Web publishers and online business owners have a vested interested in complying with information privacy laws.
But if you were to contact your attorney for advice about online privacy laws, his response would be that the current legal environment is muddy, at best.
Both the courts and legislative bodies are struggling to keep up with the rapid pace of technological advancements. Rather than creating or enforcing bad legislation, the way they have responded to online privacy concerns is to try and avoid the issue whenever possible.
As an Internet entrepreneur, you can't afford the luxury of not dealing with information privacy issues. Although the issue is far from clear, online information security issues do have some legal precedents – and the best way to familiarize yourself with the legal issues is through a brief survey of some of the cases that have made their way through the courts and the U.S. law enforcement community.
Internet Search Data
Internet providers are legally entitled to track the online activities of their users. In fact, the law enforcement community often relies on ISPs to provide them with evidence of individual searching activities. In 2006, the FBI worked with Google to obtain evidence that a wireless hacker had performed searches on topics related to illegal activities and Google confirmed that they are fully capable of providing search terms to law enforcement. What's the lesson? That your site content and your users' interactions are legally visible and should be treated accordingly.
State v. Reid
State v. Reid was a case that was reviewed by the New Jersey Supreme Court, upholding the privacy of personal information users provide to their ISP. An employee named Shirley Reid was indicted for computer theft in an incident involving her employer. New Jersey State Police obtained her identity by contacting the ISP. However, the New Jersey Courts ruled that personal information is protected unless it has been subpoenaed by a grand jury. Federal courts have not been as protective of personal data in their rulings, but State v. Reid indicates that users often have a reasonable expectation of privacy – especially in New Jersey.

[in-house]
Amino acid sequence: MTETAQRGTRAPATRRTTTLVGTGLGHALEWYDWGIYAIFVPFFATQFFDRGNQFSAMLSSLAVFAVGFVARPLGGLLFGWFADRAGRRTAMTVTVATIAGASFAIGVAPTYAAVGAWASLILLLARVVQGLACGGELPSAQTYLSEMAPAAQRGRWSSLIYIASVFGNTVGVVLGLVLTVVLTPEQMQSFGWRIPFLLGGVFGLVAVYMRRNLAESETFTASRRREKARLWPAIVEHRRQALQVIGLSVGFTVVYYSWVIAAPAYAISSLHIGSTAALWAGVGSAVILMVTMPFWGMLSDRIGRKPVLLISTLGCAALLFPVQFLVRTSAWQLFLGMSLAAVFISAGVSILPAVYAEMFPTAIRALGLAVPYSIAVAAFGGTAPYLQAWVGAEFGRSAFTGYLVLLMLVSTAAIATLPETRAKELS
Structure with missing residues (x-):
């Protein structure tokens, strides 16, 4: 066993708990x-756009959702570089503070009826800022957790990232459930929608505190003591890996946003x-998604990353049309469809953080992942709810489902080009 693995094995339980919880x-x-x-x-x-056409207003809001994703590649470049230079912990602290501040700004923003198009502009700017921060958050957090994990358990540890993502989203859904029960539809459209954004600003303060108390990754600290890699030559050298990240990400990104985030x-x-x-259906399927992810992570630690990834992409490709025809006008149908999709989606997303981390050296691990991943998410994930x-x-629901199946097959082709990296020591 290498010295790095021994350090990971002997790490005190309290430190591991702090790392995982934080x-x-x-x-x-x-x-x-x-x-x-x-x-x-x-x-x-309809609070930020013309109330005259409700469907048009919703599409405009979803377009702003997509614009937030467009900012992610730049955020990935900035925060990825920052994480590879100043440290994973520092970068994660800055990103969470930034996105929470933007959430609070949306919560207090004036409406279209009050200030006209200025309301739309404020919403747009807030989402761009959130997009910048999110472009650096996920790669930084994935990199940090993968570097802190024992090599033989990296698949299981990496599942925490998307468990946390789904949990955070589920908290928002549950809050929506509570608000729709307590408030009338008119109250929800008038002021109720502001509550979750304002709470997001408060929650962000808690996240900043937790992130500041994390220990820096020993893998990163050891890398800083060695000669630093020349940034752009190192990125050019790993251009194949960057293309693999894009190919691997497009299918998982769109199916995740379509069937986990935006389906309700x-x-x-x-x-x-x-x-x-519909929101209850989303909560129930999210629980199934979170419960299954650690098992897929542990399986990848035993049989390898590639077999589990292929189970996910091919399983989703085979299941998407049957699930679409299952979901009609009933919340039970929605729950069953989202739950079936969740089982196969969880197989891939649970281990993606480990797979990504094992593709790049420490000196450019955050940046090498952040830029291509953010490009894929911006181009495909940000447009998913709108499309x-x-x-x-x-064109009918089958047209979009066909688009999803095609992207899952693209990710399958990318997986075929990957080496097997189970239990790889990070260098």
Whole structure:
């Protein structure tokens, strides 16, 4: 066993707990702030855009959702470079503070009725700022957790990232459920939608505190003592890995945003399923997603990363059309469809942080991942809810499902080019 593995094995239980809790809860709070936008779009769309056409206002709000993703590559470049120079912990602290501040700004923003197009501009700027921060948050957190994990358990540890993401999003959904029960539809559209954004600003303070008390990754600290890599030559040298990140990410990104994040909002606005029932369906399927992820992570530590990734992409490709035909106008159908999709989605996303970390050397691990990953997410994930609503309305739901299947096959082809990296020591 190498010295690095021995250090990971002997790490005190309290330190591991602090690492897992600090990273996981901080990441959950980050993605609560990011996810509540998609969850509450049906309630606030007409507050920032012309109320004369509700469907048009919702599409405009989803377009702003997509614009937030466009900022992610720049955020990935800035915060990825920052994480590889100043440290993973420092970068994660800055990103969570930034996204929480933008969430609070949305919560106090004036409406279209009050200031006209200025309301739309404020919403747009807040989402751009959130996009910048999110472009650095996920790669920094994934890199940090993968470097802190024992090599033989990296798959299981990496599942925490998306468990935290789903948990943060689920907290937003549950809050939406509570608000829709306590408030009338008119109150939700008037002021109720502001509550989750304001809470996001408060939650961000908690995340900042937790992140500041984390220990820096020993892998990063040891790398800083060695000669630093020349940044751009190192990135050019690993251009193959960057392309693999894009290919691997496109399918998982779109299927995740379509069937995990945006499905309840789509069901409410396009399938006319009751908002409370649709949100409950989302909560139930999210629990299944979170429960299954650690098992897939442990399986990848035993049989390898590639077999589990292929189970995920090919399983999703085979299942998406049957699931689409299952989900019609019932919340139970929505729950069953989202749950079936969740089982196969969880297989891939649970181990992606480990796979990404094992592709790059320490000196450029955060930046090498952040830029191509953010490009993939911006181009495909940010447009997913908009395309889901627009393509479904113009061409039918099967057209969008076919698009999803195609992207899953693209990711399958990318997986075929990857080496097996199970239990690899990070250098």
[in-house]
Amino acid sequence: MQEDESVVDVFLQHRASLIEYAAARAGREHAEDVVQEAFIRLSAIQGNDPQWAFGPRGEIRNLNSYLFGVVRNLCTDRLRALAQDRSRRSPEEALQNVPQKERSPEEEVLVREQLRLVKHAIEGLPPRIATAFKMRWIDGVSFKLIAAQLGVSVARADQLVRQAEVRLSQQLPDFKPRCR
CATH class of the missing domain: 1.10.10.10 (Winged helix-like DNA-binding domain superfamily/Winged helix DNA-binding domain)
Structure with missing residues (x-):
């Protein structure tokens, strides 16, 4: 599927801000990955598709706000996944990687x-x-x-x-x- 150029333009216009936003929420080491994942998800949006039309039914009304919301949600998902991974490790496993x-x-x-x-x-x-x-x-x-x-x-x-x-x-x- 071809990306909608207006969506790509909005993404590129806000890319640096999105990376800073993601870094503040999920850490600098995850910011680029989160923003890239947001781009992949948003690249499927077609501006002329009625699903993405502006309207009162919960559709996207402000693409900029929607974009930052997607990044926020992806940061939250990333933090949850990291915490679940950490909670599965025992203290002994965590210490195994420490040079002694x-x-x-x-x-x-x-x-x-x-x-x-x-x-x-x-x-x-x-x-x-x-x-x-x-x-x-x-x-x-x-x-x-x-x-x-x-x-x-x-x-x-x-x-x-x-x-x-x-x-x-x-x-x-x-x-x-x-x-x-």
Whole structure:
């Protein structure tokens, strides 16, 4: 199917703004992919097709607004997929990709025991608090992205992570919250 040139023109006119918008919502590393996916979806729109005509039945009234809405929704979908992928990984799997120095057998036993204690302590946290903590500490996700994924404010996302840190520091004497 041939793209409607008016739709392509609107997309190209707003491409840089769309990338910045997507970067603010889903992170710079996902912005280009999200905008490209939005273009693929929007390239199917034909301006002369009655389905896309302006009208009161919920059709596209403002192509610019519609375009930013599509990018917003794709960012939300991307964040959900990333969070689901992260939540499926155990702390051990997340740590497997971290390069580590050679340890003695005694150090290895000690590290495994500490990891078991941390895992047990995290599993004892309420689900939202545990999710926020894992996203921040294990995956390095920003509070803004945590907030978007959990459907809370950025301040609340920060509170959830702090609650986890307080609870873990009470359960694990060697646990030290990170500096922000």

Always the innovator, Google released Google Buzz, an attempt to promote social network and online community interactions for Google account users. One of the features of Google Buzz is that it posts a list of frequent contacts or email recipients in the user's public profile. Since this is a default feature, privacy concerns surfaced immediately after its release. A lawsuit has been filed and although its outcome is pending, Google Buzz is a reminder that web publishers should always give users the ability to opt-in on additional features, especially if the features could reveal personal information.